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Wornie Reed
Wornie Reed

National Commentary

Relentless Effort to Destroy Public Education

Relentless Effort to Destroy Public Education

Republicans, with the help of a few misguided Democrats, are hell-bent on destroying public education.

They are moving with deliberate speed to privatize K-12 education through vouchers and charter schools—money from the state education budget funds both programs.

We got started in this direction by President George H. W. Bush. I was invited to the event at the White House in April of 1991 when he unveiled his Education 2000 plan. Knowing that this plan included a federal voucher program and knowing my strong opposition to such a program, friends feared for me, thinking I might be thrown out of the White House for creating a stir in my resistance. But I stayed civil and had a long investigative chat with one of the “experts” who developed Bush’s education plan.

We slowed this movement for a while by defeating Bush for re-election in 1992. But by 2021, there were 27 voucher programs in 16 states. So far, Virginia is not one of those states. However, this position will not continue if the Youngkin administration successfully implements its aggressive plans toward privatization.

We owe the idea of school vouchers to Milton Freidman, the Nobel Laureate who is often called the twentieth century’s most prominent advocate of free markets.

In a famous 1955 essay called “The Role of Government in Education,” Friedman proposed a plan for K-12 schooling, where the government would provide the funding, but the schools would be run privately. To accomplish this, Friedman suggested that the government discontinue public schools and give parents or guardians vouchers for each child, to be used to purchase education on the “free market.”

Please note that Friedman made his proposal the year after the 1954 Brown v Board decision as Southern states were beginning their massive resistance.

At the time, Friedman’s idea was too radical even for conservatives. However, in the 1990s, the country had swung a bit to the right. Charter schools and voucher programs became much more popular, and state-funded voucher programs began.

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Voucher programs take money out of a state’s education budget and provide these funds to unregulated private schools. That would be objectionable even if these schools offer a better education than the regular public schools; however, they do not. Furthermore, a report from the Center on Education on Policy finds no research support for the idea that students benefit from taxpayer-funded vouchers allowing them to attend private schools.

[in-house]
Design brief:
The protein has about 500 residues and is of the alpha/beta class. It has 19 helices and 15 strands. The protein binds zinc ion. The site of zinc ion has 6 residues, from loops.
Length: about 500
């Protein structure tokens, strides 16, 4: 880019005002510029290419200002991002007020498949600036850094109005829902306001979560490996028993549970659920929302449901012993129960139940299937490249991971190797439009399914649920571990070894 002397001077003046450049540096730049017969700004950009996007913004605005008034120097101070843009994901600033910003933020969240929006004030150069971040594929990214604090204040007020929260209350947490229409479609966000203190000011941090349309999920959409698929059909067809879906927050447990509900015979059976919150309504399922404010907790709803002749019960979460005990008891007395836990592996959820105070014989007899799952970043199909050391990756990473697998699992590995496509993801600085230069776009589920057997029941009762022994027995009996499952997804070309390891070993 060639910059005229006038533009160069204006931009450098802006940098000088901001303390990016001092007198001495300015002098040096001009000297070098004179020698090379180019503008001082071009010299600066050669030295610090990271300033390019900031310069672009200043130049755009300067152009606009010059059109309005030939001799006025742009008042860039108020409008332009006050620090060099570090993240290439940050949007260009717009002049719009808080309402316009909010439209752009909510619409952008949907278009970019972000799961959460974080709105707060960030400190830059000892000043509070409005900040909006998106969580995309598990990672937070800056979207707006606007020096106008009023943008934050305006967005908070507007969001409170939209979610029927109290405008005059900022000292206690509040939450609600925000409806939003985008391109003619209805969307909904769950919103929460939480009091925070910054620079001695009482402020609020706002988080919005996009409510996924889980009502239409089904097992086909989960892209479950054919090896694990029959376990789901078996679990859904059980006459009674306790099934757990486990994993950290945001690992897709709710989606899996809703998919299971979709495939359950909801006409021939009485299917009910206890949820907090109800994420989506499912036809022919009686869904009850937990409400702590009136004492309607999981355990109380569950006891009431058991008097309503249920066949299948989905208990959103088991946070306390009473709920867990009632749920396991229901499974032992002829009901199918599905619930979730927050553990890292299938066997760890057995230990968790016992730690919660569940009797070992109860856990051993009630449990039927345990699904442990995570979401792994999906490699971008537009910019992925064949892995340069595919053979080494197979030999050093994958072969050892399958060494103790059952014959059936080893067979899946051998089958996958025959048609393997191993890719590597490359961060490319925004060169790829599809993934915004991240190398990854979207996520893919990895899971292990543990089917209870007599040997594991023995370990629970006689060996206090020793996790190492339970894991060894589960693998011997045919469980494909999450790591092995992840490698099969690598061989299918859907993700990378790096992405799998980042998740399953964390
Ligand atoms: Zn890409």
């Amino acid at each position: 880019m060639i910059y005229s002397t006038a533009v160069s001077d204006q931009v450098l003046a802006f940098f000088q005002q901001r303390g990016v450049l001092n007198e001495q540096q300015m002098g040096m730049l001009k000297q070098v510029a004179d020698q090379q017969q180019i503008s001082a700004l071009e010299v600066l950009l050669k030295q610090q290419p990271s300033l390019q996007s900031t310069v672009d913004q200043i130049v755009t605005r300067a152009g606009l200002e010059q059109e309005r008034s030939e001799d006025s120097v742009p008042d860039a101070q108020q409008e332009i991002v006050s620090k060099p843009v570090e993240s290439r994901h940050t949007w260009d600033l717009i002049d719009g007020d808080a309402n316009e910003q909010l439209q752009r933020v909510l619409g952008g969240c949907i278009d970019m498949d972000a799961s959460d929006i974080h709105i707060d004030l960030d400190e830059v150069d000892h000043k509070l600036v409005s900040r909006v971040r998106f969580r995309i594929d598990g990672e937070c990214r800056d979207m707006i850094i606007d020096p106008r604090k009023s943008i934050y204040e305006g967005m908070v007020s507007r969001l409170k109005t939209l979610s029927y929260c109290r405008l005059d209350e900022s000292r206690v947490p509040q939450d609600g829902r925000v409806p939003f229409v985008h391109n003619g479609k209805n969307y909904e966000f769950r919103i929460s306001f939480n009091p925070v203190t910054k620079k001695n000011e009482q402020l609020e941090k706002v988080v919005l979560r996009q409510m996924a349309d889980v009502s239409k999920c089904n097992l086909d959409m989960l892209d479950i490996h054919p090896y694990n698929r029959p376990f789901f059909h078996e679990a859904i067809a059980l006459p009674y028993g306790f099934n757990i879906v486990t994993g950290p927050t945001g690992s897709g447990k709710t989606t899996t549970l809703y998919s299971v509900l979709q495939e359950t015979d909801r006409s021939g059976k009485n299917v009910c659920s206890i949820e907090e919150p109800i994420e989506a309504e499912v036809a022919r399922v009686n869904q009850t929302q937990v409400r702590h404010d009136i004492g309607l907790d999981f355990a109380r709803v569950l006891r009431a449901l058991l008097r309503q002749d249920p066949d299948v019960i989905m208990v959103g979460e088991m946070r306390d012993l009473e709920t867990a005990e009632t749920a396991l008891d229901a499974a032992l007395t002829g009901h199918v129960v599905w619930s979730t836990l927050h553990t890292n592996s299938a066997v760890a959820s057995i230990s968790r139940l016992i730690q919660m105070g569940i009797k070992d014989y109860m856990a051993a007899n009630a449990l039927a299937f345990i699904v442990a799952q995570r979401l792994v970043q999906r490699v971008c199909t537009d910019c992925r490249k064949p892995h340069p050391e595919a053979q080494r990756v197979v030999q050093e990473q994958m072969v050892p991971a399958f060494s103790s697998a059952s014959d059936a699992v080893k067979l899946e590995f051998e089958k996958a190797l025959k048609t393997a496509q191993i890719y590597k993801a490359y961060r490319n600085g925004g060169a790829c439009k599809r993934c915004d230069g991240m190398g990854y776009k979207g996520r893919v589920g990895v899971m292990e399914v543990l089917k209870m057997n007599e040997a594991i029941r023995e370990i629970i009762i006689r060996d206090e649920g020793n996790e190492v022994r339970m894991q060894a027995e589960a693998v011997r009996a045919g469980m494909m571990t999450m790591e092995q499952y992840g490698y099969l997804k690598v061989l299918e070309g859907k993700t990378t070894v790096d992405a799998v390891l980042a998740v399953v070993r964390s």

“Keeping Informed about School Vouchers: A Review of Major Developments and Research” examines 27 studies of voucher programs in Milwaukee, Cleveland, Washington, D.C., and Florida. Authors Alexandra Usher and Nancy Kober write that the studies “have generally found no clear advantage in academic achievement for students attending private schools with vouchers.”

The bottom line is there are problems with vouchers.

    • First, funding vouchers undermine a resource-starved public education system.
    • Notably, private schools are not regulated. Therefore, we should not provide state funds to schools that are not held to the same standards as public schools and do not provide transparency regarding the curricular content or students’ achievement levels.
    • Vouchers do not cover the total cost of private school education. Instead, vouchers act as a coupon for more affluent families, discounting the tuition they pay.
    • Let’s be clear, the privatization of public schools through voucher programs discriminates. A recent study, “Dollars to Discriminate: The (un)intended Consequences of School Vouchers,” confirms that voucher programs discriminate based on religion, disability status, sexual orientation, and possibly other factors. This occurs because private schools can exclude people they do not wish to educate.

With all these problems, why do the conservatives push ahead so firmly? The answer probably lies with Milton Friedman’s uncompromising free-market push. He argued for abolishing public education and moving it to the free market system. And that seems to be the objective of former Secretary of Education Betsy DeVos, the Koch brothers, and their legislative partners.

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